Lenovo recommends on my G570 to set Power Management to maintain the battery at around 50% when running mostly on the power supply to increase battery life. I do that unless I’m going to be on the road, then I reset it to fully charge the battery a day or two before I leave. I set it back to 50% after I get back home.

  2. Kodess

    Always had my laptop charging with battery inside. After 1 year of 6 hour a day use (college), the battery now lasts me 10 minutes if I ever need it.

  3. Lee

    Currently, I have a docking station for my laptop, so when I’m in my dorm the battery is always charging. I never thought about the heat affecting the battery, but it feels like there’s a fan right above the battery, so I think I should be OK (I just put my hand there and it was cool-ish air coming out, not warm). My battery (extended) can last me about 5 hours, and I definitely don’t have the maximum power saver settings set.

  4. clb92

    Does this apply to lithium-polymer batteries too?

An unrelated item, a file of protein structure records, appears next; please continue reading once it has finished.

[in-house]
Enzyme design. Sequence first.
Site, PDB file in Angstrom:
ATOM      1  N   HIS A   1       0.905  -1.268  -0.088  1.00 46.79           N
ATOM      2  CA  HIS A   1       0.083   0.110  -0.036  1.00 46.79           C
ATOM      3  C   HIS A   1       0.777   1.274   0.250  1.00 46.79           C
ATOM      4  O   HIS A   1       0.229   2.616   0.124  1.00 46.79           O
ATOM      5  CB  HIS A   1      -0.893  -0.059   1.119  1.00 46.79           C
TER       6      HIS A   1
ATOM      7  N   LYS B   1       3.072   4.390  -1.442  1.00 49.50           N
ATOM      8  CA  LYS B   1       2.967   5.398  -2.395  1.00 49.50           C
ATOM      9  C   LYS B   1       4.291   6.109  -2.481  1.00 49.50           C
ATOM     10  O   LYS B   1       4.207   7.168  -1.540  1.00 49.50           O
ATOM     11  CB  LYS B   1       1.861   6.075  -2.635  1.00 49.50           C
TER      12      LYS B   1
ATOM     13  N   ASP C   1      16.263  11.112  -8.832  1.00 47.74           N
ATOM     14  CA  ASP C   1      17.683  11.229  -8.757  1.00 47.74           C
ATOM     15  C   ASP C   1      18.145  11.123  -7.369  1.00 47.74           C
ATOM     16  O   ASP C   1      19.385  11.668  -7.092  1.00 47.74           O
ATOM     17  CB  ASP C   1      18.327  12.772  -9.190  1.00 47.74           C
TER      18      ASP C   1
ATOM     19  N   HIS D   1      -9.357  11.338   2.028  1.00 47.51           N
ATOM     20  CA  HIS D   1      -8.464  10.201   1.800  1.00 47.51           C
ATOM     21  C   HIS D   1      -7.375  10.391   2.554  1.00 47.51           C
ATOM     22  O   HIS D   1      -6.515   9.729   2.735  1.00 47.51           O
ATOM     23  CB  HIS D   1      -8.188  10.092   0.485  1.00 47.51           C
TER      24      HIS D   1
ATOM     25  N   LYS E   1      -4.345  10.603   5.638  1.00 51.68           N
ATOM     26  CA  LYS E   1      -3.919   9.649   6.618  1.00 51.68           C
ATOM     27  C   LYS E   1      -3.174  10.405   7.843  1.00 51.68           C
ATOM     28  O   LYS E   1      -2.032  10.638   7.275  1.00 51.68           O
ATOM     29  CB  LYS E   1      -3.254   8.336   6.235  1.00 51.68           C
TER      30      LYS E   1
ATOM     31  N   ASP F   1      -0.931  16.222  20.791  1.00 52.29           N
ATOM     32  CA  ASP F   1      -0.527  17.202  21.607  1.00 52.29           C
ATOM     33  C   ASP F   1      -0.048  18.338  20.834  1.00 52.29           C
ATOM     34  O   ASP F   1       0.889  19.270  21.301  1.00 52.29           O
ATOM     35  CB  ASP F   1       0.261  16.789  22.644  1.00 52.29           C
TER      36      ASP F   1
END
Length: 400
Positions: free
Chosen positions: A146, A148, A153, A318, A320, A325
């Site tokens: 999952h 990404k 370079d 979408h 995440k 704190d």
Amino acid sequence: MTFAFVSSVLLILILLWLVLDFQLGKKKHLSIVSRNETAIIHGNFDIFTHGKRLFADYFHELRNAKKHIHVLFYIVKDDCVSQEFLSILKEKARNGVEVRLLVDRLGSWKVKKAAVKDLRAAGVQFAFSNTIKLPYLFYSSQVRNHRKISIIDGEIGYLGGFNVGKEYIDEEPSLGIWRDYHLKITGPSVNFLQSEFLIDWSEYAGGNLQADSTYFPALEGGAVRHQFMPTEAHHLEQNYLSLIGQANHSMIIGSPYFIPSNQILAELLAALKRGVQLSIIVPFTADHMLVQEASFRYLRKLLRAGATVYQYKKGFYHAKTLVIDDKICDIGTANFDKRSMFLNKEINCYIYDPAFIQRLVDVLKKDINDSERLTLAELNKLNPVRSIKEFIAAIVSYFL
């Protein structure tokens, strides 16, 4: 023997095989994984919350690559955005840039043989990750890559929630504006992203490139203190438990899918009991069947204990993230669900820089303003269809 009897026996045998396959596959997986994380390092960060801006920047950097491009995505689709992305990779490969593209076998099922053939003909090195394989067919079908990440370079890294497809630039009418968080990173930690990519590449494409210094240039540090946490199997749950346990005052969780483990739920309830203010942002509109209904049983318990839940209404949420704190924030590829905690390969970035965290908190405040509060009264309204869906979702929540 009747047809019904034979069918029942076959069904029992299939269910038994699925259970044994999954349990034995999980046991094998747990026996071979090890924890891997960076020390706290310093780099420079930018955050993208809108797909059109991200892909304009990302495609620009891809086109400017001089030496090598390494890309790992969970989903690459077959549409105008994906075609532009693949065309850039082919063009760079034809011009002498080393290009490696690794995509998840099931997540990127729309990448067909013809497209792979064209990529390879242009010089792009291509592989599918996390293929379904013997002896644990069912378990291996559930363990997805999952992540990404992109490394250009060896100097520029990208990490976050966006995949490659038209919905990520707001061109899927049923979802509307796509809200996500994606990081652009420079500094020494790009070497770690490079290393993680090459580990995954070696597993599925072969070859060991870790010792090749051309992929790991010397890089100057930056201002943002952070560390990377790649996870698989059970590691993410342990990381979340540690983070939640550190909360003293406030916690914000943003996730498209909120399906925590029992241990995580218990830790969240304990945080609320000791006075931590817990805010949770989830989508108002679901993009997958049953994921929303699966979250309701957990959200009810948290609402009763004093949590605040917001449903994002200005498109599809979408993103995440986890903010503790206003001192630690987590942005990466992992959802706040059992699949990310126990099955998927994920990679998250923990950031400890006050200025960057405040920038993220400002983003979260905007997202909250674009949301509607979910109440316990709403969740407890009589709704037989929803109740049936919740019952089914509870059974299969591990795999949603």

5. samcal

    I leave the batteries installed – but for reasons not discussed. I no longer worry about power outages ‘eating’ my work.

  6. LadyFitzgerald

    @ samcal. That’s one reason I leave my battery installed. It’s one heck of a UPS and has saved my work several times due to power outages.

  7. vladimiro

    When I’m at home, I charge the battery lithium-Ion of my laptop to 50% and remove it. If I need to use the laptop outside, I charge the battery to 100% and I use it. When I come back at home, I charge again to 50% and remove it. This is simple, and my battery is still like when I buy the laptop.
    Really interesting post! Thank you!

  8. bemymonkey

    It all depends on how well the charging circuitry in your laptop works, and how it’s optimized for battery longevity. Lately I’ve got mine set to only charge when the charge level drops below 80%, meaning that in a worst-case scenario, I’m leaving the house with only 80% – a good hour or two less than 100% with the small 6-cell I’m currently using as my beater (read: always-in) battery. This has the advantage of only charging if the battery has actually been used for a total of two hours or so…